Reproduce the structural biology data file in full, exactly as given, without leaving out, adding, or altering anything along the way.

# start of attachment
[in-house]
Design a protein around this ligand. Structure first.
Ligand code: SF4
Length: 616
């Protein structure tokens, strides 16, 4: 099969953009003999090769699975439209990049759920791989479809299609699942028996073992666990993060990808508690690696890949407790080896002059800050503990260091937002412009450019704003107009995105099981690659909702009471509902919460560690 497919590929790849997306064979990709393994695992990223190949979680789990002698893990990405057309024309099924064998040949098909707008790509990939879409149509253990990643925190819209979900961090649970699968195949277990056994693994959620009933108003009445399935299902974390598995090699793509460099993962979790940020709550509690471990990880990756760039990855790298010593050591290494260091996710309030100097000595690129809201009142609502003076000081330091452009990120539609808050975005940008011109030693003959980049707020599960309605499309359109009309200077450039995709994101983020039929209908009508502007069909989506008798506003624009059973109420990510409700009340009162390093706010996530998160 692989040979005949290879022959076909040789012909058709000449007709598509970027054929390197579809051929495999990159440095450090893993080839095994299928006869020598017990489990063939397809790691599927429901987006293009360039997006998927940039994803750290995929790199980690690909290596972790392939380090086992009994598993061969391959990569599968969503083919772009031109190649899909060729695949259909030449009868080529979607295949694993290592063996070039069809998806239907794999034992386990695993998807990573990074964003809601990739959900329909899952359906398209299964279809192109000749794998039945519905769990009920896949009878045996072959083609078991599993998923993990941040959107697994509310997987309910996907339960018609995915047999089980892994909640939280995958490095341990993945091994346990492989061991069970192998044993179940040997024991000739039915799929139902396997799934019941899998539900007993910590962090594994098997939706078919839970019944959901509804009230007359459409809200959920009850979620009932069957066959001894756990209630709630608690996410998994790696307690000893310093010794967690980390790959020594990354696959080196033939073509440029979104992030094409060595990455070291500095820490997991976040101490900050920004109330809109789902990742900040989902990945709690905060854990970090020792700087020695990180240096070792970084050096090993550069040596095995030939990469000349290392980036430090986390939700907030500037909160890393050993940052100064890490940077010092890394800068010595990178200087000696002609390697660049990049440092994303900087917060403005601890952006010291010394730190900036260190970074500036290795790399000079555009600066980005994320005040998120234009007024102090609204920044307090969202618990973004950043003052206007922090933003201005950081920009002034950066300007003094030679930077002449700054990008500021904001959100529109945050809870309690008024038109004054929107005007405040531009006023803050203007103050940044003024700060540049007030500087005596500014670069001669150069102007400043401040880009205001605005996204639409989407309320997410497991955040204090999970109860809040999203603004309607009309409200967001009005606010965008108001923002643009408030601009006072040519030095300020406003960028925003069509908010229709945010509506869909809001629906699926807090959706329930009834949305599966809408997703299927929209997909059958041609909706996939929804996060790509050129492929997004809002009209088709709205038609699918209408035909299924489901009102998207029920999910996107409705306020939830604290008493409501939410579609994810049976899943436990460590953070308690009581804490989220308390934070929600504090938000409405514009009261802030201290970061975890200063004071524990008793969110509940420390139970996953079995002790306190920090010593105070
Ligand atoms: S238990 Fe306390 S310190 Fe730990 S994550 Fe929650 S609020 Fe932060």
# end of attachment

[in-house]
Design a protein around this ligand. Structure first.
Ligand code: SF4
Length: 616
């Protein structure tokens, strides 16, 4: 099969953009003999090769699975439209990049759920791989479809299609699942028996073992666990993060990808508690690696890949407790080896002059800050503990260091937002412009450019704003107009995105099981690659909702009471509902919460560690 497919590929790849997306064979990709393994695992990223190949979680789990002698893990990405057309024309099924064998040949098909707008790509990939879409149509253990990643925190819209979900961090649970699968195949277990056994693994959620009933108003009445399935299902974390598995090699793509460099993962979790940020709550509690471990990880990756760039990855790298010593050591290494260091996710309030100097000595690129809201009142609502003076000081330091452009990120539609808050975005940008011109030693003959980049707020599960309605499309359109009309200077450039995709994101983020039929209908009508502007069909989506008798506003624009059973109420990510409700009340009162390093706010996530998160 692989040979005949290879022959076909040789012909058709000449007709598509970027054929390197579809051929495999990159440095450090893993080839095994299928006869020598017990489990063939397809790691599927429901987006293009360039997006998927940039994803750290995929790199980690690909290596972790392939380090086992009994598993061969391959990569599968969503083919772009031109190649899909060729695949259909030449009868080529979607295949694993290592063996070039069809998806239907794999034992386990695993998807990573990074964003809601990739959900329909899952359906398209299964279809192109000749794998039945519905769990009920896949009878045996072959083609078991599993998923993990941040959107697994509310997987309910996907339960018609995915047999089980892994909640939280995958490095341990993945091994346990492989061991069970192998044993179940040997024991000739039915799929139902396997799934019941899998539900007993910590962090594994098997939706078919839970019944959901509804009230007359459409809200959920009850979620009932069957066959001894756990209630709630608690996410998994790696307690000893310093010794967690980390790959020594990354696959080196033939073509440029979104992030094409060595990455070291500095820490997991976040101490900050920004109330809109789902990742900040989902990945709690905060854990970090020792700087020695990180240096070792970084050096090993550069040596095995030939990469000349290392980036430090986390939700907030500037909160890393050993940052100064890490940077010092890394800068010595990178200087000696002609390697660049990049440092994303900087917060403005601890952006010291010394730190900036260190970074500036290795790399000079555009600066980005994320005040998120234009007024102090609204920044307090969202618990973004950043003052206007922090933003201005950081920009002034950066300007003094030679930077002449700054990008500021904001959100529109945050809870309690008024038109004054929107005007405040531009006023803050203007103050940044003024700060540049007030500087005596500014670069001669150069102007400043401040880009205001605005996204639409989407309320997410497991955040204090999970109860809040999203603004309607009309409200967001009005606010965008108001923002643009408030601009006072040519030095300020406003960028925003069509908010229709945010509506869909809001629906699926807090959706329930009834949305599966809408997703299927929209997909059958041609909706996939929804996060790509050129492929997004809002009209088709709205038609699918209408035909299924489901009102998207029920999910996107409705306020939830604290008493409501939410579609994810049976899943436990460590953070308690009581804490989220308390934070929600504090938000409405514009009261802030201290970061975890200063004071524990008793969110509940420390139970996953079995002790306190920090010593105070
Ligand atoms: S238990 Fe306390 S310190 Fe730990 S994550 Fe929650 S609020 Fe932060």